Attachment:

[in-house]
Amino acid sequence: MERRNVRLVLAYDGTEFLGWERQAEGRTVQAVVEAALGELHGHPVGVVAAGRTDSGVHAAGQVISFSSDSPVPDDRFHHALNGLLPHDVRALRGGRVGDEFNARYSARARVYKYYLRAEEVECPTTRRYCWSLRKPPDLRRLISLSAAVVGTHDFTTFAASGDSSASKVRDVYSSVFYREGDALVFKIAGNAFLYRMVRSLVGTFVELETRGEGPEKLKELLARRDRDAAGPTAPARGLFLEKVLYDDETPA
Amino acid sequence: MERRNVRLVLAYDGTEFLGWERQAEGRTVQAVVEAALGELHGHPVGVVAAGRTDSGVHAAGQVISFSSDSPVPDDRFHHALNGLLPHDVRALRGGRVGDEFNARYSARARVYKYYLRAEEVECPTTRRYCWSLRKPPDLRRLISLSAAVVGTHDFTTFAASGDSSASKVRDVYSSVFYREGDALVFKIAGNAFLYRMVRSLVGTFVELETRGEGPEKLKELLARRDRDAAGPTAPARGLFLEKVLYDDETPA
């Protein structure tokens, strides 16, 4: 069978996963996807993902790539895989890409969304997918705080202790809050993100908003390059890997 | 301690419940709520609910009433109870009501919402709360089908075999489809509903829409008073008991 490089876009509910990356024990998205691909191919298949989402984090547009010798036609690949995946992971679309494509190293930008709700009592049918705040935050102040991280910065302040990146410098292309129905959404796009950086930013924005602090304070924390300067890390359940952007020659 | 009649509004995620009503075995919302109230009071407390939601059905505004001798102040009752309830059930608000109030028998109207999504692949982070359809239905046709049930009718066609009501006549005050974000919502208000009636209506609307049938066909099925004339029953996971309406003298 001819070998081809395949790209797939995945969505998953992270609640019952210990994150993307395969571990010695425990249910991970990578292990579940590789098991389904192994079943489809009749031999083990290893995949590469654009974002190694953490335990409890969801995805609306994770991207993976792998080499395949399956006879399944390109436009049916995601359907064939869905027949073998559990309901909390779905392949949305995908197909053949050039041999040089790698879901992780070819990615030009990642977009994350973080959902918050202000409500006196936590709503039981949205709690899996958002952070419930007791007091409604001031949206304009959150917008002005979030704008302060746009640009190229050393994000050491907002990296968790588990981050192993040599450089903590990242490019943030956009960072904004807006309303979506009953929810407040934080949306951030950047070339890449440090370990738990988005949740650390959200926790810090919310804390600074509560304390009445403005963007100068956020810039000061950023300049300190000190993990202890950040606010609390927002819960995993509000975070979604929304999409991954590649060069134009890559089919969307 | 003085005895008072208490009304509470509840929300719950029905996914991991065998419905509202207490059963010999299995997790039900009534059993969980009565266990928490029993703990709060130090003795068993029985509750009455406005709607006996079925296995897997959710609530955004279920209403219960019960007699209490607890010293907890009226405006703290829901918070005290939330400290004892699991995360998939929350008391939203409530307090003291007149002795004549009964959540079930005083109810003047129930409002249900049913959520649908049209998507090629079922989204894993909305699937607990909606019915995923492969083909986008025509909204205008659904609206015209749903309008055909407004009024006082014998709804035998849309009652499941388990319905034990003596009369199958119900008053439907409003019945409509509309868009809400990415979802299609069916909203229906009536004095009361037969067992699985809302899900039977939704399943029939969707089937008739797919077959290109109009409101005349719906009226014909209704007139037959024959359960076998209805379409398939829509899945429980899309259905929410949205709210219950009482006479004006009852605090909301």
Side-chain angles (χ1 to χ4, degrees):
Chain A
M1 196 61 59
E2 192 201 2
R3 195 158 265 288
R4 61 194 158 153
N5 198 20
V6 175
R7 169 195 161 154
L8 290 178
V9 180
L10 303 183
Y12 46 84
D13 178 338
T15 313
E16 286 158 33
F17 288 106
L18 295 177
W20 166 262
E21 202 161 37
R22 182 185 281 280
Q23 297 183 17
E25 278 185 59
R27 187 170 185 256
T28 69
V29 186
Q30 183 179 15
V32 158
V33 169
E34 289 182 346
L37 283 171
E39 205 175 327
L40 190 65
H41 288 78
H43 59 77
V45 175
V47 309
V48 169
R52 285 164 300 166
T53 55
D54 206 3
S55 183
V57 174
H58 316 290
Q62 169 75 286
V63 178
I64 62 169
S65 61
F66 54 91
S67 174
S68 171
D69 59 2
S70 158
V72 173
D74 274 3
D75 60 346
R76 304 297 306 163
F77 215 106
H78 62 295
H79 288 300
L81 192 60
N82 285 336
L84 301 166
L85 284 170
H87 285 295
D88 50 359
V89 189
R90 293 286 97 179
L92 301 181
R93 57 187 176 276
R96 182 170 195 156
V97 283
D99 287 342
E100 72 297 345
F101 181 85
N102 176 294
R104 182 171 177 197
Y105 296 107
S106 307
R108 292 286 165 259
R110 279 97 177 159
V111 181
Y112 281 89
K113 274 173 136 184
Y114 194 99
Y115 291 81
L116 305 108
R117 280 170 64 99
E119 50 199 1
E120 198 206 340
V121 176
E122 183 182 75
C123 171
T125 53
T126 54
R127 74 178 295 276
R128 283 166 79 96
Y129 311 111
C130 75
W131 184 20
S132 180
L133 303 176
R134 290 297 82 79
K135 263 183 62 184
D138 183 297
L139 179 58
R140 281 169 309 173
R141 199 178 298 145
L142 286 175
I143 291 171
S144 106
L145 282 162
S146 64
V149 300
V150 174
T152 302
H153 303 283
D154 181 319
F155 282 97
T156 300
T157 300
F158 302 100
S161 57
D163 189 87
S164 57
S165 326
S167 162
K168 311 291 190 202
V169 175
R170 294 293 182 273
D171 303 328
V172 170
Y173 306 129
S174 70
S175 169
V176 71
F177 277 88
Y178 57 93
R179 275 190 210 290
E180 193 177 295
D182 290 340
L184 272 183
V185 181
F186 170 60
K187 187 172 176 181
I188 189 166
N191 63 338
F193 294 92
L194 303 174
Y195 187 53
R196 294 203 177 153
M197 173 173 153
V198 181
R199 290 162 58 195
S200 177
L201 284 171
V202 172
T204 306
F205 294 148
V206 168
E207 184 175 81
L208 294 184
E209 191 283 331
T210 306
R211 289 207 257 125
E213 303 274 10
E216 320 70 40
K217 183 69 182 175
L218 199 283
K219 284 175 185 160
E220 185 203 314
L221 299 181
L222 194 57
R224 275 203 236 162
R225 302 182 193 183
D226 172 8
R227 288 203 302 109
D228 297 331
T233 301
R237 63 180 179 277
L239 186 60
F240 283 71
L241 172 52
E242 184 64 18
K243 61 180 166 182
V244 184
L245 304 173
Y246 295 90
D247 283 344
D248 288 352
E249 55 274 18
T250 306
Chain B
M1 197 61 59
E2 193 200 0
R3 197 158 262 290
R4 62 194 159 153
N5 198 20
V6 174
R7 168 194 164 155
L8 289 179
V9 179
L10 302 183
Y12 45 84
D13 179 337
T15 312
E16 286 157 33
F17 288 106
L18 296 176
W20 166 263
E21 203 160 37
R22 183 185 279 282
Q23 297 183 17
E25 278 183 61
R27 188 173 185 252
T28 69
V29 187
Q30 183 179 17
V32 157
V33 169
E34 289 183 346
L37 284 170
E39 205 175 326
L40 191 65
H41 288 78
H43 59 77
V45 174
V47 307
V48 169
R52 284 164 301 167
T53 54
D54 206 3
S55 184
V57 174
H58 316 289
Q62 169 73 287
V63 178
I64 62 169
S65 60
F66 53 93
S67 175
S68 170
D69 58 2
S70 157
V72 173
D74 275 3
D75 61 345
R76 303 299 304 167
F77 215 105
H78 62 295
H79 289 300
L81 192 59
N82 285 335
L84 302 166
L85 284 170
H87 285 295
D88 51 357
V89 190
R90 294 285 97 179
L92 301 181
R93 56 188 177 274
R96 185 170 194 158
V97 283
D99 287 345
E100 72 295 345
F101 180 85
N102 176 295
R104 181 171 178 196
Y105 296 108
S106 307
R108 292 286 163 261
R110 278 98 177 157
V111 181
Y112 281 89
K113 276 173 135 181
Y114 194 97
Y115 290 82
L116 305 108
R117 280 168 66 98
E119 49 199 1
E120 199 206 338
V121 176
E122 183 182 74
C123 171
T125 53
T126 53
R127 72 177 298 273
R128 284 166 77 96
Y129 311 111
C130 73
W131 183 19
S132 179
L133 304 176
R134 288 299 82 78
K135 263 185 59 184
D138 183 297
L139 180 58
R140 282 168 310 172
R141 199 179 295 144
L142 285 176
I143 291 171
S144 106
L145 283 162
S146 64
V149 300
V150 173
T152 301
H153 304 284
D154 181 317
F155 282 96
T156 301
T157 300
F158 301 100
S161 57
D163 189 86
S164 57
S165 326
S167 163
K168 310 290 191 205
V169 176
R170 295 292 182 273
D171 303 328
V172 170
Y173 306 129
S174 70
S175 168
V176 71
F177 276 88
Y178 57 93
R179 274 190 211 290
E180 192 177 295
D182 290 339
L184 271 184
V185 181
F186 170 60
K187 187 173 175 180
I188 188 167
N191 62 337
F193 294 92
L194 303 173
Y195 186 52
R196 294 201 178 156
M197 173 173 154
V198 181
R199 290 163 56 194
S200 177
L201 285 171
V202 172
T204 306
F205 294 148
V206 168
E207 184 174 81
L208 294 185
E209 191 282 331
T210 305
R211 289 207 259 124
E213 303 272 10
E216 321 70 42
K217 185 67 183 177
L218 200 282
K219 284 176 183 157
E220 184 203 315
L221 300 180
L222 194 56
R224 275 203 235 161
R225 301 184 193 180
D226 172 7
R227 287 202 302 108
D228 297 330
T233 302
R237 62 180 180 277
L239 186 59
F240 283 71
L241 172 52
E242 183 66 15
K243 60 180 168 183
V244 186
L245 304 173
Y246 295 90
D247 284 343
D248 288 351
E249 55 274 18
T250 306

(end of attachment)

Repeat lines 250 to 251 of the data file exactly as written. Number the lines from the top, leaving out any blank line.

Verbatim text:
D74 275 3
D75 61 345